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Daylighting: Natural Light In Architecture


Architects often use a combination of these strategies to maximize natural light in a space. For example, when HMC Architects designed the CSU Monterey Bay Joel and Dena Gambord Business and Information Technology Building, we used three passive daylighting strategies.

Still, there are ways to maximize daylighting even for buildings like this. An experienced architect knows exactly where to place reflective surfaces to direct more light into the space so you can make the most of what little natural light you have.

The use of natural light is one of the most important aspects of architecture because it affects people's well-being, saves energy, and makes environments more comfortable. Of course, natural light was a major source of illumination for many until modern times.

However, after the invention of electrical lighting, uptake was rapid because of the benefits it offered, and it was installed into most large structures in a matter of years. Buildings today are designed to let in more natural light in part because of a desire to save energy, as well as a greater understanding of the health benefits of light.

Along with openings like skylights and windows, daylighting systems often also incorporate a lighting management system that responds to daylight. For example, automatically raising or lowering the artificial light used in a building in response to the changing levels of natural light. This technology has the capacity to generate more savings and use less electricity.

Systems, technologies, and architecture all combine in the make-up of a daylighting system. Even though not all daylighting systems or designs must have all of these elements, most do have one or more of the following:

Compared to a regular window pane, a high-performance glazing system usually lets in more light and less heat. This makes it possible to use natural light without making the building harder to cool in the summer.

Another issue is that any daylighting system must have controls for electric lighting that respond to changes in daylight. A daylighting design that saves energy won't work unless the electric lights are dimmed or turned off when natural light is high enough.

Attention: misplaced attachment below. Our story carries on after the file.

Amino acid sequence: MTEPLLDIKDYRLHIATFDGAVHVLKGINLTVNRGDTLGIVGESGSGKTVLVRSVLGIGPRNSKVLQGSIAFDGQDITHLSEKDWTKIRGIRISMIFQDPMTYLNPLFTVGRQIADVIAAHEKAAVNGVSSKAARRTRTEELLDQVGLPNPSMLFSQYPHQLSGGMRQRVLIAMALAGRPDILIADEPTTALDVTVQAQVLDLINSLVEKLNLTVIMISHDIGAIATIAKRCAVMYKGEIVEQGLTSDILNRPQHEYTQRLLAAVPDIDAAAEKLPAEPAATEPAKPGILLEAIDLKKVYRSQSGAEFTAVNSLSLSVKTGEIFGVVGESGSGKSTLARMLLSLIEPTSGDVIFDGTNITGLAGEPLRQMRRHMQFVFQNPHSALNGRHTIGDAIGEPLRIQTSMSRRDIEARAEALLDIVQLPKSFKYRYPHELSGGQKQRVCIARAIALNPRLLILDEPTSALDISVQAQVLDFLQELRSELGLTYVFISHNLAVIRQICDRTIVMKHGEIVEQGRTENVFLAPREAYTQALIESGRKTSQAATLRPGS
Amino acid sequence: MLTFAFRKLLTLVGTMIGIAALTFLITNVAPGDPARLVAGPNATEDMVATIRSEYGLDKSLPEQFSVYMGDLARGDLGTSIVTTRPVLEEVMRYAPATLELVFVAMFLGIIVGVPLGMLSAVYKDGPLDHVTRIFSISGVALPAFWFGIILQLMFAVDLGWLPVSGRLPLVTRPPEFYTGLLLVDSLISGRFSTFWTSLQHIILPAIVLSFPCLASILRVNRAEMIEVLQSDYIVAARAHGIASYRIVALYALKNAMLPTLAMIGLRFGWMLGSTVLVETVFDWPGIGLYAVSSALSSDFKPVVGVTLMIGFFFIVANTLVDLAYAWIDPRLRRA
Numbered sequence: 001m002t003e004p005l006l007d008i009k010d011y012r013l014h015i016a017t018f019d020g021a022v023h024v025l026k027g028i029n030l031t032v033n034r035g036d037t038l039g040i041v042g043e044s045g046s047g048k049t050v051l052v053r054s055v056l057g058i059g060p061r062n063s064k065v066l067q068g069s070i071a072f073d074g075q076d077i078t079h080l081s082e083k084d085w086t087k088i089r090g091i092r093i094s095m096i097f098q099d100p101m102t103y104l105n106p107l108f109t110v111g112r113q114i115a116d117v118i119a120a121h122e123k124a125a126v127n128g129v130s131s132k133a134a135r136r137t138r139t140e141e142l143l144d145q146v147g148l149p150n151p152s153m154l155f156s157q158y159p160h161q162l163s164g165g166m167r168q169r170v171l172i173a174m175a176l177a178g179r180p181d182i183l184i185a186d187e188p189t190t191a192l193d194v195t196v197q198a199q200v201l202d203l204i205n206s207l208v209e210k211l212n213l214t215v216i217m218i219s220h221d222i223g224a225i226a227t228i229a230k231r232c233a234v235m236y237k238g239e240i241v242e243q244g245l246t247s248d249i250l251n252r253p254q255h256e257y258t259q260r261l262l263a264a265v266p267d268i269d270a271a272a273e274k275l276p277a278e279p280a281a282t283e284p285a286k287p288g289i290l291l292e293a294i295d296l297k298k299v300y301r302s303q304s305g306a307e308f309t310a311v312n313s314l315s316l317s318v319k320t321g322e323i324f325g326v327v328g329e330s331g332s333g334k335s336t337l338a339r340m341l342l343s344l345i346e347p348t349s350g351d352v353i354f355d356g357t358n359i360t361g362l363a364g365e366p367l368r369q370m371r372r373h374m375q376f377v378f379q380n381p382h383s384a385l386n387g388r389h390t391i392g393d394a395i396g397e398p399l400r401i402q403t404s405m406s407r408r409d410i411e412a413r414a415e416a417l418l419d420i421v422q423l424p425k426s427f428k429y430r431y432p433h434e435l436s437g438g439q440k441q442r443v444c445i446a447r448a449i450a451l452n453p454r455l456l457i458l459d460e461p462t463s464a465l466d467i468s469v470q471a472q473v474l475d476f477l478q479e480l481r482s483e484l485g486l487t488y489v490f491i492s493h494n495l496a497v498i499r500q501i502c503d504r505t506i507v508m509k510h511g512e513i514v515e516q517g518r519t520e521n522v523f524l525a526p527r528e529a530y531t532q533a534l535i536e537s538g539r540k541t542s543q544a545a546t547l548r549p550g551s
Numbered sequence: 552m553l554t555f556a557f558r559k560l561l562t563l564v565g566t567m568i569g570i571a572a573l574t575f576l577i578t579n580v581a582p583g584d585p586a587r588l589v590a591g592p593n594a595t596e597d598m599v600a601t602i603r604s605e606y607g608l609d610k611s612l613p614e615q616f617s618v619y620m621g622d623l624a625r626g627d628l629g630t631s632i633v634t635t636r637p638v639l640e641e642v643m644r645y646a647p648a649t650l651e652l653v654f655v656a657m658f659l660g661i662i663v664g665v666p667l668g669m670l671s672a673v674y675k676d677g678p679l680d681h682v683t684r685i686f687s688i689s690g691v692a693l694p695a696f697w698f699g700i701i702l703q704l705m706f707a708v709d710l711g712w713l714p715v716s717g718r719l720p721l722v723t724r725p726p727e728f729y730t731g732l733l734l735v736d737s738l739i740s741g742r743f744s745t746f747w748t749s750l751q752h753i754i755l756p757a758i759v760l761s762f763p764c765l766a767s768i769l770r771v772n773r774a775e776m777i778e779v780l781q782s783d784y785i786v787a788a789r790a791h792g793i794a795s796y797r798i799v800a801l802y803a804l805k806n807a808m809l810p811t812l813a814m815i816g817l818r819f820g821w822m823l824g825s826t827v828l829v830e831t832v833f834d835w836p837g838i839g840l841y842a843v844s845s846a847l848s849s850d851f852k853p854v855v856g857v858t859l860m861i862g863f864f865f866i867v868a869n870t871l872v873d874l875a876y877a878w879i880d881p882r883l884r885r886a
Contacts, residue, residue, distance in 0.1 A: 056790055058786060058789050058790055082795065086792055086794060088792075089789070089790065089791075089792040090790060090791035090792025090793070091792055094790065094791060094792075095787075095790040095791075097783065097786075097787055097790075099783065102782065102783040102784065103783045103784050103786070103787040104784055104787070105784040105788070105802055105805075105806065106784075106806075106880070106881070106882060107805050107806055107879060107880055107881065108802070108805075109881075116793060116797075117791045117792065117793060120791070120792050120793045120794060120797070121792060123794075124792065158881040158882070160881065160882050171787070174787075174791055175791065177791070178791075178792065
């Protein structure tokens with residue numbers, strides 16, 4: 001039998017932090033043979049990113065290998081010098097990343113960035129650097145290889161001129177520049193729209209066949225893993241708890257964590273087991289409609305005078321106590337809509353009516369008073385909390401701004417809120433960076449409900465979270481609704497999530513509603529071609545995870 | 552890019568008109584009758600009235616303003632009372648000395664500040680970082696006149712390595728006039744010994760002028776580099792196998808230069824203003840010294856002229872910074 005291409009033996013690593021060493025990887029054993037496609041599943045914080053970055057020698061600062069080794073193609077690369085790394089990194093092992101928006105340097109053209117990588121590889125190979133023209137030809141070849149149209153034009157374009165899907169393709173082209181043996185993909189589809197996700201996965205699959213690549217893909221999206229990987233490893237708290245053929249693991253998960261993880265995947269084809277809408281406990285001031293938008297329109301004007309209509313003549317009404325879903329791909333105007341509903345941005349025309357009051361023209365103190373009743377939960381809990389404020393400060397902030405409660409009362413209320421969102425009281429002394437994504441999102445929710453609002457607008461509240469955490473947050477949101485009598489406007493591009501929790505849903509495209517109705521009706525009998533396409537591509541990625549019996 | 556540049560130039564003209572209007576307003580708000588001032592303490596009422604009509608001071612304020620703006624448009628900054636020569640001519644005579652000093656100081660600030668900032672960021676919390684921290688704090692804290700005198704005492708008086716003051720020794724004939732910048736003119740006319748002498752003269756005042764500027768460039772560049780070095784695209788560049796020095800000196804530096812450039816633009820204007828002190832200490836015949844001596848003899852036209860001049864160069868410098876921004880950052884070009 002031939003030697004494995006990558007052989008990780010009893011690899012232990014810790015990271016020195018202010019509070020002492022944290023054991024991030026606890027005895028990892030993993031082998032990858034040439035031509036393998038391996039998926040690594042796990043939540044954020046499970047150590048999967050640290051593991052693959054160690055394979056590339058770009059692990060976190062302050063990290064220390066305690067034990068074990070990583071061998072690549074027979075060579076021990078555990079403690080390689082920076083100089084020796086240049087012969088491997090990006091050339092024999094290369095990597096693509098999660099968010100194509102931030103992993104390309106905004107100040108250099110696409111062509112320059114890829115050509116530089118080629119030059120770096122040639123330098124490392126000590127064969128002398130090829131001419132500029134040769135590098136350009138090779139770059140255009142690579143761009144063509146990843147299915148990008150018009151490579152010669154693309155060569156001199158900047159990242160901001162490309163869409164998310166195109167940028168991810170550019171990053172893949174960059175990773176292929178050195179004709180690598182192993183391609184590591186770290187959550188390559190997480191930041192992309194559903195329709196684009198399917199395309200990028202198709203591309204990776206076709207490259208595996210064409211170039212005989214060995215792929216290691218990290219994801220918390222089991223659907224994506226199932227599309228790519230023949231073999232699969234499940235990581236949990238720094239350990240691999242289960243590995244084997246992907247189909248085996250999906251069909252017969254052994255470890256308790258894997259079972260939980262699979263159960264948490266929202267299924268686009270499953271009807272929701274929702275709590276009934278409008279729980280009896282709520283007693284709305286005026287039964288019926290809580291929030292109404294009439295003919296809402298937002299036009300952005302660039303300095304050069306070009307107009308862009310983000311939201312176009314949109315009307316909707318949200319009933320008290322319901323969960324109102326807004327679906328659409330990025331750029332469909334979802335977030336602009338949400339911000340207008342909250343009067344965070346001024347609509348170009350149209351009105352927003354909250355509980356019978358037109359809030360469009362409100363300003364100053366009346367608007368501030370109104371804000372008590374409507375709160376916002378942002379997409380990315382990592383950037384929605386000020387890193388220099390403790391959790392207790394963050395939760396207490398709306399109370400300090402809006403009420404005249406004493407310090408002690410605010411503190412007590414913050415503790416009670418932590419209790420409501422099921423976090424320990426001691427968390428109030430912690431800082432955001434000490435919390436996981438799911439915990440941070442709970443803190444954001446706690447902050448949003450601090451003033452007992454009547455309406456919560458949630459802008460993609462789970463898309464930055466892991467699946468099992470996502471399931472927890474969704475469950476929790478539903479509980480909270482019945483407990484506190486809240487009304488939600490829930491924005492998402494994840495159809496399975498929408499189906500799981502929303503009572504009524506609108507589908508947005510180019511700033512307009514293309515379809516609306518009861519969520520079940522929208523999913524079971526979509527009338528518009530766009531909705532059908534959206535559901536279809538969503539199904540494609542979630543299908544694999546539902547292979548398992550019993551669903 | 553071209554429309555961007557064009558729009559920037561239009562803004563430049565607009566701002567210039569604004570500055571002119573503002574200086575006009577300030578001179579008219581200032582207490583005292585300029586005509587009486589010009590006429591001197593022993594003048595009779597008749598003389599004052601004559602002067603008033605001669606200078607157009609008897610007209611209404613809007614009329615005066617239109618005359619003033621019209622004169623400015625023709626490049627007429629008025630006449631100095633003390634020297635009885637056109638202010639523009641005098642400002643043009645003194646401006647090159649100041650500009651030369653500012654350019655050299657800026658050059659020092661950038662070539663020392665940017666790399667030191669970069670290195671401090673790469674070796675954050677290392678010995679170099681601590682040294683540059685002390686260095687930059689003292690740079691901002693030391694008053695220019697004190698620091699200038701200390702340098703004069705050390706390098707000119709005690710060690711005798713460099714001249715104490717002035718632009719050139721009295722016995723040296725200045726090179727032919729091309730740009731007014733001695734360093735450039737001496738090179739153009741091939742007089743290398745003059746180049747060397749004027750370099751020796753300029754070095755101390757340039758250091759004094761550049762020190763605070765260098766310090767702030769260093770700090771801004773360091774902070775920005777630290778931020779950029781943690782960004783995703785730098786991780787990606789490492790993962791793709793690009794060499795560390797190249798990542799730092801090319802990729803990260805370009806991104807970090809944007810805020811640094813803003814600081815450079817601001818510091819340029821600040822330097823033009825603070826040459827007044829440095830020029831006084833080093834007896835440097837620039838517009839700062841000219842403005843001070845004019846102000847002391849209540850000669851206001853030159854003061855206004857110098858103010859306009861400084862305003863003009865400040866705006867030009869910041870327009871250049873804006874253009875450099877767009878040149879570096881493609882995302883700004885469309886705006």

The main goal of daylighting is to decrease the need for artificial lighting and save on electricity expenses, as it can also cut down on heating, ventilation, and air conditioning (HVAC) expenses. While natural light may generate almost no heat at all when it is correctly managed, electrical lighting, as we've already touched upon, generates a lot of heat.

Controlling the quantity of heat that enters a structure is also necessary for daylighting. Given how effective it is in lighting up structures, the sun can also generate a ton of heat. Utilizing natural lighting might provide unwanted heat gains if not planned appropriately.

According to a 1998 study titled "Benefits of Natural Daylighting," higher student and instructor attendance, greater achievement rates, decreased weariness, improved student health, and enhancement factors of general student development are among the benefits of natural daylighting.

Allowing natural light inside stores has become increasingly popular recently because it improves the store's ambiance, boosts sales, makes the shopping experience more pleasant, draws consumers in, and enhances color rendering.

It has been demonstrated that natural light not only makes customers feel more welcome but also makes the store appear cleaner, brighter, and more open. In hospitals with enough natural light, the mental and physical stress on patients, doctors, and nurses has been shown to go down.

Retailers such as Wal-Mart, Target, and Recreational Equipment Incorporated (REI) in Seattle, Washington; Lamb's Thriftway Store in Portland, Oregon; and others have noted the advantages of natural lighting inside the store.

In hospitals, the patient's mental health is the most crucial aspect, and allowing for natural light and air has been shown to improve patients'


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